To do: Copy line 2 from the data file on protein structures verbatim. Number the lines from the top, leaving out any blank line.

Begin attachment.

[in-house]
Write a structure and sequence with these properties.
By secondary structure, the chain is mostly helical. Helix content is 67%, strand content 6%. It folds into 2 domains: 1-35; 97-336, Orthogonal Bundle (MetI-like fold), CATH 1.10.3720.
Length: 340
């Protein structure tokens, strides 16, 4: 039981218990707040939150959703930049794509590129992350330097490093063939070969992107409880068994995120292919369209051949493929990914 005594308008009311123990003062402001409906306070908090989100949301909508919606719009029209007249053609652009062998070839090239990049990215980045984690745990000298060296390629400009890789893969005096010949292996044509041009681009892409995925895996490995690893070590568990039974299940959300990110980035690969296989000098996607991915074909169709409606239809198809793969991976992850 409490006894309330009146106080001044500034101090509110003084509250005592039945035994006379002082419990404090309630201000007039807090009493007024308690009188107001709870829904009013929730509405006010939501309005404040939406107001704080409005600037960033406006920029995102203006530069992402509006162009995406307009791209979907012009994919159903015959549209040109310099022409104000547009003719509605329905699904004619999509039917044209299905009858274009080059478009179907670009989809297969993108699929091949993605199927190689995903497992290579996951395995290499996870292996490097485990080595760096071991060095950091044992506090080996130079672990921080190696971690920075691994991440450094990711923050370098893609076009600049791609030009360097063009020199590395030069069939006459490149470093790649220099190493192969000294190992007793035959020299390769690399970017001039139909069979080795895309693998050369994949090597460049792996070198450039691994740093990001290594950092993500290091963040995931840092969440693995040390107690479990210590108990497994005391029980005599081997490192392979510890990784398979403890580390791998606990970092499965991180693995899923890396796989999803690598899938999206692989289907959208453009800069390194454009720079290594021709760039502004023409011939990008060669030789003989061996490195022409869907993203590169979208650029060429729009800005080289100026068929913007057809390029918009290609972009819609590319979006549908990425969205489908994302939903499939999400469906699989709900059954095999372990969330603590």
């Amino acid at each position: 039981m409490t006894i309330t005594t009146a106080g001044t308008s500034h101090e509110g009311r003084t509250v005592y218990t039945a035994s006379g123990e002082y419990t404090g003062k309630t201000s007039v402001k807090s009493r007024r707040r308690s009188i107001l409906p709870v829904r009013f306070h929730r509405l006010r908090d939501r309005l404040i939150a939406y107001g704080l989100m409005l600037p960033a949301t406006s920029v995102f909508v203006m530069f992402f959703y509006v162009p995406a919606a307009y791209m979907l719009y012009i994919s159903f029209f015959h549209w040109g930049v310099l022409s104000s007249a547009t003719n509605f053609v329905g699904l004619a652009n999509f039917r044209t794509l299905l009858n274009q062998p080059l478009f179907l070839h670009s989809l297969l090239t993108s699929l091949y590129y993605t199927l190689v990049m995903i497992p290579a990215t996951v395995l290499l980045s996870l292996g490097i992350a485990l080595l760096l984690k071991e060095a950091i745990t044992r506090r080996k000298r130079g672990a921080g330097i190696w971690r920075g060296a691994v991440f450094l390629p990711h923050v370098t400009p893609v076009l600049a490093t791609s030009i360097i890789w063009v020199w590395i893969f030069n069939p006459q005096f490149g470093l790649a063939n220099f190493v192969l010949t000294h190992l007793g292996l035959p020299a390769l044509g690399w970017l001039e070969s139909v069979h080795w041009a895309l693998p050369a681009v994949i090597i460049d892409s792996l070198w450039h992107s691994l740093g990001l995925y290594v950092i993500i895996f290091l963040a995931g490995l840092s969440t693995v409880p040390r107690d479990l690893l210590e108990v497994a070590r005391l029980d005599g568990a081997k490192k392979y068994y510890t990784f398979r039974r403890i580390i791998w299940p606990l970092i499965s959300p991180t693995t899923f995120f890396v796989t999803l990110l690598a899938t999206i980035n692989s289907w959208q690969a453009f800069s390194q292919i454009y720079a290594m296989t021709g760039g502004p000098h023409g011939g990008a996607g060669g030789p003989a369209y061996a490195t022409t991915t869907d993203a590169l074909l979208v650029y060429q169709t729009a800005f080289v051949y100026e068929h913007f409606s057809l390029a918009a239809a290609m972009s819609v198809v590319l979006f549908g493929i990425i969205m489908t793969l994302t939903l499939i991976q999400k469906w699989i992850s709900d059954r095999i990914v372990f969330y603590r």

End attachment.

Write a structure and sequence with these properties.